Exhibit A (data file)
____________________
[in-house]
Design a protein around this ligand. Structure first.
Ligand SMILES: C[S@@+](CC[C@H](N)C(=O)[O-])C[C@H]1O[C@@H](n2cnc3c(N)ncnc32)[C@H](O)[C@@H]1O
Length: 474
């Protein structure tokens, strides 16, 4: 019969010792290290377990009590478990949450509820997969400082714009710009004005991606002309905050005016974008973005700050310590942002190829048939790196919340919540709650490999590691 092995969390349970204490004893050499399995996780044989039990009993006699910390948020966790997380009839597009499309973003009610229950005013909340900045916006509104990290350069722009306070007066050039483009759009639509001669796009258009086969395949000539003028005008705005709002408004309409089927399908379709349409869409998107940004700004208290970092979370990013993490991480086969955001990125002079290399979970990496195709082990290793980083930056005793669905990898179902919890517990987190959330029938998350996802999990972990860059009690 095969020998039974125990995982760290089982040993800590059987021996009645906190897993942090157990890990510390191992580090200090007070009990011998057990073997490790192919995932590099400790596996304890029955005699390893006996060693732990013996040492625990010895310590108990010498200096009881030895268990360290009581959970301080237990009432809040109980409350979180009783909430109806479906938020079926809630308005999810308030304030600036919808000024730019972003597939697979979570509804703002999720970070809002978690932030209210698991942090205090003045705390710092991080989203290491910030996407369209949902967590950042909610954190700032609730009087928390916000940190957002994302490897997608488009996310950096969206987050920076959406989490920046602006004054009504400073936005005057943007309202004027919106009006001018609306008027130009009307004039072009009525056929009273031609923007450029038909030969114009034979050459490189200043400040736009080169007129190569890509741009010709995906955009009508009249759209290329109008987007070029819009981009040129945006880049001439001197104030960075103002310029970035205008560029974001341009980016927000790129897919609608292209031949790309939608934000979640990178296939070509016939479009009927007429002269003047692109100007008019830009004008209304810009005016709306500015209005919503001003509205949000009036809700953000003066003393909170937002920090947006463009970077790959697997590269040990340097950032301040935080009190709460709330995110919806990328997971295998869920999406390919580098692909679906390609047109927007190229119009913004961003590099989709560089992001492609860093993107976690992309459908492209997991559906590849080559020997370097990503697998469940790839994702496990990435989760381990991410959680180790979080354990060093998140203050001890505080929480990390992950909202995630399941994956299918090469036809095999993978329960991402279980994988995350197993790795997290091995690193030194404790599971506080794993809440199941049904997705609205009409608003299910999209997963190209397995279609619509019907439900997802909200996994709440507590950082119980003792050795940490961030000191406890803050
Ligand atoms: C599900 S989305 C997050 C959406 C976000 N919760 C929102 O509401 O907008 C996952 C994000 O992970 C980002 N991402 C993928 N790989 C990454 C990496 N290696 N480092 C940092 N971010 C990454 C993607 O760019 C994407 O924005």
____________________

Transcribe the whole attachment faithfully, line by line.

[in-house]
Design a protein around this ligand. Structure first.
Ligand SMILES: C[S@@+](CC[C@H](N)C(=O)[O-])C[C@H]1O[C@@H](n2cnc3c(N)ncnc32)[C@H](O)[C@@H]1O
Length: 474
């Protein structure tokens, strides 16, 4: 019969010792290290377990009590478990949450509820997969400082714009710009004005991606002309905050005016974008973005700050310590942002190829048939790196919340919540709650490999590691 092995969390349970204490004893050499399995996780044989039990009993006699910390948020966790997380009839597009499309973003009610229950005013909340900045916006509104990290350069722009306070007066050039483009759009639509001669796009258009086969395949000539003028005008705005709002408004309409089927399908379709349409869409998107940004700004208290970092979370990013993490991480086969955001990125002079290399979970990496195709082990290793980083930056005793669905990898179902919890517990987190959330029938998350996802999990972990860059009690 095969020998039974125990995982760290089982040993800590059987021996009645906190897993942090157990890990510390191992580090200090007070009990011998057990073997490790192919995932590099400790596996304890029955005699390893006996060693732990013996040492625990010895310590108990010498200096009881030895268990360290009581959970301080237990009432809040109980409350979180009783909430109806479906938020079926809630308005999810308030304030600036919808000024730019972003597939697979979570509804703002999720970070809002978690932030209210698991942090205090003045705390710092991080989203290491910030996407369209949902967590950042909610954190700032609730009087928390916000940190957002994302490897997608488009996310950096969206987050920076959406989490920046602006004054009504400073936005005057943007309202004027919106009006001018609306008027130009009307004039072009009525056929009273031609923007450029038909030969114009034979050459490189200043400040736009080169007129190569890509741009010709995906955009009508009249759209290329109008987007070029819009981009040129945006880049001439001197104030960075103002310029970035205008560029974001341009980016927000790129897919609608292209031949790309939608934000979640990178296939070509016939479009009927007429002269003047692109100007008019830009004008209304810009005016709306500015209005919503001003509205949000009036809700953000003066003393909170937002920090947006463009970077790959697997590269040990340097950032301040935080009190709460709330995110919806990328997971295998869920999406390919580098692909679906390609047109927007190229119009913004961003590099989709560089992001492609860093993107976690992309459908492209997991559906590849080559020997370097990503697998469940790839994702496990990435989760381990991410959680180790979080354990060093998140203050001890505080929480990390992950909202995630399941994956299918090469036809095999993978329960991402279980994988995350197993790795997290091995690193030194404790599971506080794993809440199941049904997705609205009409608003299910999209997963190209397995279609619509019907439900997802909200996994709440507590950082119980003792050795940490961030000191406890803050
Ligand atoms: C599900 S989305 C997050 C959406 C976000 N919760 C929102 O509401 O907008 C996952 C994000 O992970 C980002 N991402 C993928 N790989 C990454 C990496 N290696 N480092 C940092 N971010 C990454 C993607 O760019 C994407 O924005």